Art Deco bronze and ivory dancers inspired by Diaghilev’s Ballets Russes and other exotic themes have been racing up the price scale in recent months. The reason is rouble power.

These pieces have been discovered by Russian collectors and their determination to secure them, coupled with some deep pockets, have sent values soaring. It is not a phenomenon limited to any one country, either. The effect can be seen around the world as a recent slew of record prices illustrates.

"There is an undercurrent of Russian buying that has changed the playing field. It is not people who were buying in this market before," says Jeremy Morrison, Sotheby's head of decorative arts in London. "It's a totally different group who are buying in other fields".

He reckons the first major signs emerged in New York a couple of years ago and values have kept on rising.

In March the German auctioneers Nagel of Stuttgart offered a single-owner collection of 17 figures, the best of which were secured by a Russian buyer in the room whose purchases included the multi estimate €220,000 (£157,140) spent on the 183/4in (47.5cm) high Chiparus figure Almeria. But this price was eclipsed three weeks later on April 17 when Sotheby's offered a separately catalogued sale of just 12 lots of Chiparus models consigned by an American vendor to their New York rooms.

All sold and bullish estimates were more than matched on several occasions culminating in a $3.47m total and a new auction high for Chiparus of $800,000 (£400,000) for the five figure group Les Girls.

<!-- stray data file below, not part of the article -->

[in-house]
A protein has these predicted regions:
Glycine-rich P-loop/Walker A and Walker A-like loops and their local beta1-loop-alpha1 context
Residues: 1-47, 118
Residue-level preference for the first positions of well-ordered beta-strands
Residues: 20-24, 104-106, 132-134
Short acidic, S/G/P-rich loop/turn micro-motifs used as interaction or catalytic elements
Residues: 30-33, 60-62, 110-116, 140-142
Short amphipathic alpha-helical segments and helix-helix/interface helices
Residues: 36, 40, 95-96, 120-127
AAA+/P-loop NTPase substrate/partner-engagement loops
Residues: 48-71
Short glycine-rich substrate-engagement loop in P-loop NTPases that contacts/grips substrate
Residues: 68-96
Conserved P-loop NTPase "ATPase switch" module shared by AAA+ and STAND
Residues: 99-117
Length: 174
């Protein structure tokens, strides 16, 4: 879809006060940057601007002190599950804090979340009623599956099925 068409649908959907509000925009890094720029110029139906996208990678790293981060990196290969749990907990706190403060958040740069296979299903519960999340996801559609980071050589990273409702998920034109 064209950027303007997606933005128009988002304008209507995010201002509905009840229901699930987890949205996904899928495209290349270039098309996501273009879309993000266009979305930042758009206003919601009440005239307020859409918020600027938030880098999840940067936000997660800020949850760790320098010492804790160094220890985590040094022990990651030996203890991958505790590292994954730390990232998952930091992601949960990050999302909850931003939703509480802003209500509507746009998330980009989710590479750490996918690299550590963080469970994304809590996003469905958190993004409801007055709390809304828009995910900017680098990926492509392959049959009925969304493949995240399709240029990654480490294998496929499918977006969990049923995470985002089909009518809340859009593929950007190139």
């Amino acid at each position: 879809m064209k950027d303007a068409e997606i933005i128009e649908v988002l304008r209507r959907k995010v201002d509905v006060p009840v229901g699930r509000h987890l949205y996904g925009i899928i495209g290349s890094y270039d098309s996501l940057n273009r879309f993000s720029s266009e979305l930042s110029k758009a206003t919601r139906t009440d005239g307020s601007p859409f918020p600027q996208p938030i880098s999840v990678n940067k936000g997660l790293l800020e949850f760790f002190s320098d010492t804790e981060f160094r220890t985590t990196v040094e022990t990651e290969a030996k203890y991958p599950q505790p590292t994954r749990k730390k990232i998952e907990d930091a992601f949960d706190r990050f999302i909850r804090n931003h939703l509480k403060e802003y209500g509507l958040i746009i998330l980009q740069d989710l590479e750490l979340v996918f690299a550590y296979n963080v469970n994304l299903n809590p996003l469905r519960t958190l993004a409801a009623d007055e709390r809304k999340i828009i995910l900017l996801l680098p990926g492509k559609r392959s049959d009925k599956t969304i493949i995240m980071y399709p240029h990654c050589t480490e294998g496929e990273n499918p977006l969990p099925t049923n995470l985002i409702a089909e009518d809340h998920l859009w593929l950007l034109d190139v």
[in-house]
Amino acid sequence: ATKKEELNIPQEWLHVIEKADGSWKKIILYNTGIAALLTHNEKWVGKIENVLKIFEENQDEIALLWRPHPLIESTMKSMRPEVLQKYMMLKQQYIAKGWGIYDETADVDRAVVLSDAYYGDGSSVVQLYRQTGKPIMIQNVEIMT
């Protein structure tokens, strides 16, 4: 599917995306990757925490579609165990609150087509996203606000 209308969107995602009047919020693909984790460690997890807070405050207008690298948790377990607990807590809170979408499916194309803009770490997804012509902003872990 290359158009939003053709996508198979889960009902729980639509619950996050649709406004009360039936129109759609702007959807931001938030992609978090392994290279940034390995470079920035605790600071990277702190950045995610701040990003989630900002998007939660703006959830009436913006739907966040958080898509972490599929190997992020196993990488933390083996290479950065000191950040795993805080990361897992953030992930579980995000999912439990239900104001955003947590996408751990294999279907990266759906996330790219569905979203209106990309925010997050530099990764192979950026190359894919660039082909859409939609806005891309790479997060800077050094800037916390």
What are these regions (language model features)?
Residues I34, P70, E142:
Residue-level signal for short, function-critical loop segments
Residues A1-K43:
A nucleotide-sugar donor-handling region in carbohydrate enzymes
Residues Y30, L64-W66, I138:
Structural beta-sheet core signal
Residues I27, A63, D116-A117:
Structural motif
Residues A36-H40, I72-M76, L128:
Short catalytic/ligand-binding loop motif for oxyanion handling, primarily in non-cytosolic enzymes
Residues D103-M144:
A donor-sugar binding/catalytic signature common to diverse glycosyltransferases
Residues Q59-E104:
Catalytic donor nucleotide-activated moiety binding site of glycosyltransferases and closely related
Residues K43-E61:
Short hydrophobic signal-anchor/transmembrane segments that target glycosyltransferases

This month it was London that experienced soaring bronze and ivory prices to the material benefit of the auctioneers' Decorative Arts sale totals. A single-owner collection of 19 bronze and ivory figures at Sotheby's on May 2 drew the Russians out in force with further competition over the phone and plenty of multi-estimate prices led by £72,000 for a 17in (43cm) version of Claire Jeanne Colinet's most celebrated model, Ankara Dancer.

But even higher figures were reached two days later at Christie's. A larger 2ft 1in (63cm) high Ankara Dancer shown here realised £120,000 as did a 2ft 5in (79cm) version of Chiparus' Starfish Dancer while Russian Dancers, a 163/4in (42cm) Chiparus pair based on the Ballets Russes' performers Nijinksy and Ida Rubenstein, climbed to £90,000.

Russian interest may have initiated the price hike but the demand is broader based now. "There are other wealthy players who have identified that the market is moving", says Morrison. Christie's Ankara and Starfish Dancer, for example, were both carried off by a South American collector.

And just like the property market, as values for the most expensive sculptures get more expensive, buyers start appreciating the merits of the next rung down the ladder. There was evidence in London last week that the demand has moved to less exotic subjects by artists like Preiss and Philippe.

By Anne Crane